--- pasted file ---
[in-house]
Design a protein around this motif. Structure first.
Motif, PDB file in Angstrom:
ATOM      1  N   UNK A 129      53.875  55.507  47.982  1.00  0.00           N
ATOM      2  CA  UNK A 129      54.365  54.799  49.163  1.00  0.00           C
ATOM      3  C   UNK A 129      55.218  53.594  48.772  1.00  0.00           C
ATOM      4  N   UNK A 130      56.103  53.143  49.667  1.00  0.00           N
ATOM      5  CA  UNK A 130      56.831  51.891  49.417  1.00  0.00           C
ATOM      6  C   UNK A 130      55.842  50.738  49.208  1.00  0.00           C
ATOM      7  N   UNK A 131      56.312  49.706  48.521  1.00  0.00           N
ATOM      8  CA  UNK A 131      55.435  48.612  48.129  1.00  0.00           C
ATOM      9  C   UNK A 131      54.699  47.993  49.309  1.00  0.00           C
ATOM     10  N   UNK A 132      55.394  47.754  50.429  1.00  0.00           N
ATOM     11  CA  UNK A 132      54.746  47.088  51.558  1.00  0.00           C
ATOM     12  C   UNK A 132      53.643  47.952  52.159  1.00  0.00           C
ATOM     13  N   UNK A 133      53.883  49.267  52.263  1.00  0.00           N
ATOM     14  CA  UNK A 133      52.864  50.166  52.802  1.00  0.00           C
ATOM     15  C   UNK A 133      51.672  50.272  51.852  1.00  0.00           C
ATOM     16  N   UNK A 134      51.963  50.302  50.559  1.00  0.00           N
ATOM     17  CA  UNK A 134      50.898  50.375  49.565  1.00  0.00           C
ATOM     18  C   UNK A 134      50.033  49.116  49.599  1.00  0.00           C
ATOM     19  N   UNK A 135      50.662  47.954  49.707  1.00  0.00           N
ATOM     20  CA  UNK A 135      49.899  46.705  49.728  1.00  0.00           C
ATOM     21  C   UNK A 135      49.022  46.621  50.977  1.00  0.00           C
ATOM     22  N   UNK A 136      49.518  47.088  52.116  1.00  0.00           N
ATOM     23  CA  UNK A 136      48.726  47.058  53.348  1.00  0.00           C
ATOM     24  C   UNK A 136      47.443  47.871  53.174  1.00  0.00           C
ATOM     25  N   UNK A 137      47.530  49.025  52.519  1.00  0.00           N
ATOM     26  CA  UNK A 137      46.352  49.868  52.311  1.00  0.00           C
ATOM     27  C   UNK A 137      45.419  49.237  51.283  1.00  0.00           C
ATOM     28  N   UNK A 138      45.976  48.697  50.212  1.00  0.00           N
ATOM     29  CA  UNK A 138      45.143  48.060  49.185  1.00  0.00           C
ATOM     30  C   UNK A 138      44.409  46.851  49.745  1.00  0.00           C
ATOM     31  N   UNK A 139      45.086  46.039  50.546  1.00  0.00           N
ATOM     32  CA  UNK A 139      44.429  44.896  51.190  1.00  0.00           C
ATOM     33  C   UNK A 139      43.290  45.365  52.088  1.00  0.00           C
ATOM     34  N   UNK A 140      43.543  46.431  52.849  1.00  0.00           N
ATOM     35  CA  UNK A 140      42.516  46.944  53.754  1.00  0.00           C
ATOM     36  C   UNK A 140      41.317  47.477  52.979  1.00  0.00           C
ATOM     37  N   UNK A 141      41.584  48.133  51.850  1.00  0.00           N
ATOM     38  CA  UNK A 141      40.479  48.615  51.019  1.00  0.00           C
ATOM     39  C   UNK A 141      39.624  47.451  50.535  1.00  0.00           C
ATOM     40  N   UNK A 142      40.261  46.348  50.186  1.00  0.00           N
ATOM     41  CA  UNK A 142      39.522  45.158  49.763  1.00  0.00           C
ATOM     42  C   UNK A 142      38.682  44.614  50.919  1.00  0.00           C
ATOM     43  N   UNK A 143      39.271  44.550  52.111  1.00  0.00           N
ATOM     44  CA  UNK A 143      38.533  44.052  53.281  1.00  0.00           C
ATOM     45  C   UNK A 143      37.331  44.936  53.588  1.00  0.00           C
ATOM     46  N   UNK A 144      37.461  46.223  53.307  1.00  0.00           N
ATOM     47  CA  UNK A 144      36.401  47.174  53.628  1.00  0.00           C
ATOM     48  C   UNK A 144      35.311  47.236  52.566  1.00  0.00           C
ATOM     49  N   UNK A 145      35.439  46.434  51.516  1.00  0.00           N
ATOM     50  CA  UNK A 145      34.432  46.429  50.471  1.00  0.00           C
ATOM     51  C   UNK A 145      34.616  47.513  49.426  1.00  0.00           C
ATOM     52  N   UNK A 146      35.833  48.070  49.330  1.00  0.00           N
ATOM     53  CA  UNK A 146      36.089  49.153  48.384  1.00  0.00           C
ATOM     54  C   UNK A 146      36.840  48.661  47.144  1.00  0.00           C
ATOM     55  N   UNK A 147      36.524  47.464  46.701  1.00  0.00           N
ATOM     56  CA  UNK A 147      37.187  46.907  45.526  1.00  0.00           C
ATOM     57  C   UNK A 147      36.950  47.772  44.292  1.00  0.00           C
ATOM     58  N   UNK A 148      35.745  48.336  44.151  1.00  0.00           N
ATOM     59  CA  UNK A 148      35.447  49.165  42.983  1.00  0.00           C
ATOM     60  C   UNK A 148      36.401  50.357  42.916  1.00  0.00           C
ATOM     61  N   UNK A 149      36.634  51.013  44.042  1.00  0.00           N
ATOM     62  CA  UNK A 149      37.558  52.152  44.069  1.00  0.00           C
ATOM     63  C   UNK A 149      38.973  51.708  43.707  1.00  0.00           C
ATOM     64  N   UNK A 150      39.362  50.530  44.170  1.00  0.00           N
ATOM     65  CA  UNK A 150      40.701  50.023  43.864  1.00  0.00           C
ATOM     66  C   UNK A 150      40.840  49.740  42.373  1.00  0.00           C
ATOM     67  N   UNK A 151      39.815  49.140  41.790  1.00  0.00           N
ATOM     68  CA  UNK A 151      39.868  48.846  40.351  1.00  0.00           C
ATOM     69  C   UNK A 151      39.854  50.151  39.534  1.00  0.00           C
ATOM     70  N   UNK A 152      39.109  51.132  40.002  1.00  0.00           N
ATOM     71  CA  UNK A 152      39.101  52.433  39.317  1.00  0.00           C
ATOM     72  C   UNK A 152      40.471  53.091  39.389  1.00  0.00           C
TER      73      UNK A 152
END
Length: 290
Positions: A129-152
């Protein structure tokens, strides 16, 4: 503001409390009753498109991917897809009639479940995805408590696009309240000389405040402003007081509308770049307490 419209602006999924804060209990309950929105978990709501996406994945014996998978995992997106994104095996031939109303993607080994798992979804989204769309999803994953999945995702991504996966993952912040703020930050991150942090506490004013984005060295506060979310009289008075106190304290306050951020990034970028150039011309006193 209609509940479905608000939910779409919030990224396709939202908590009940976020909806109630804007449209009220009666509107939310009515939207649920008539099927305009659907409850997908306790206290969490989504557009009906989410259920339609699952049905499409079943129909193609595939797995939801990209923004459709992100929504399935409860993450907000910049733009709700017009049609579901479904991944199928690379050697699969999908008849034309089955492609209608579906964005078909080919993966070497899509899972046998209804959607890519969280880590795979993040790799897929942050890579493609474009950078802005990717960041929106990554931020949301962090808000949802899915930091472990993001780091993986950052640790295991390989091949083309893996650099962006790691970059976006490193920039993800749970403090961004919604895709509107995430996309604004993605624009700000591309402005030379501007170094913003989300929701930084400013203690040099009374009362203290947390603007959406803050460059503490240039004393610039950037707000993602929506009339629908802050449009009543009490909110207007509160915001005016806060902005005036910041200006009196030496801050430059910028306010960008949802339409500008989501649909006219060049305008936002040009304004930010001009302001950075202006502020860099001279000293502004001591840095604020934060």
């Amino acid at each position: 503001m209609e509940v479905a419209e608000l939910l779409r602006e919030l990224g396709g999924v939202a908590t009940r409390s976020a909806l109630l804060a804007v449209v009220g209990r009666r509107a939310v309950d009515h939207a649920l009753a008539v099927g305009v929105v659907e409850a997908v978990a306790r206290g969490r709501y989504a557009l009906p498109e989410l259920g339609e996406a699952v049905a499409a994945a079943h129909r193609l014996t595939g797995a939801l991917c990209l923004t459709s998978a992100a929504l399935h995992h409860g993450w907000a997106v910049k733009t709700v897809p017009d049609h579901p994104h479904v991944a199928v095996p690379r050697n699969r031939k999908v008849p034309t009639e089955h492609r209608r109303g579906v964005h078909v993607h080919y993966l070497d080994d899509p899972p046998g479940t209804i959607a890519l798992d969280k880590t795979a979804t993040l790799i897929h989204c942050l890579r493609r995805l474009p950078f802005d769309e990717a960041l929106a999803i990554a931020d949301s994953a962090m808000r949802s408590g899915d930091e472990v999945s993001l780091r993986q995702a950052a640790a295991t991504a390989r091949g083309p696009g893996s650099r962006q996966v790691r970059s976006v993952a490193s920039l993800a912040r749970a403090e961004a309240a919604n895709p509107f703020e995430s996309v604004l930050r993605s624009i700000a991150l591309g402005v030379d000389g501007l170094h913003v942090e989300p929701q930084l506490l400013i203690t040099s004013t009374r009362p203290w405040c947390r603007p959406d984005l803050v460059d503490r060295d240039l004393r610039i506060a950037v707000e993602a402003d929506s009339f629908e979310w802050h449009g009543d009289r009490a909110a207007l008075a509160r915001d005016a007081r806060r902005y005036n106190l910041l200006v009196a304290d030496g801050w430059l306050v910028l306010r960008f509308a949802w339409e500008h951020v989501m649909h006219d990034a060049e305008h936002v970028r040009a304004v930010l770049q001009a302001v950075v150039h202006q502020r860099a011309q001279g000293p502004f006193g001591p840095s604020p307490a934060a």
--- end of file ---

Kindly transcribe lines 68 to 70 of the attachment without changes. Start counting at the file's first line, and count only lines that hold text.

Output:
ATOM     65  CA  UNK A 150      40.701  50.023  43.864  1.00  0.00           C
ATOM     66  C   UNK A 150      40.840  49.740  42.373  1.00  0.00           C
ATOM     67  N   UNK A 151      39.815  49.140  41.790  1.00  0.00           N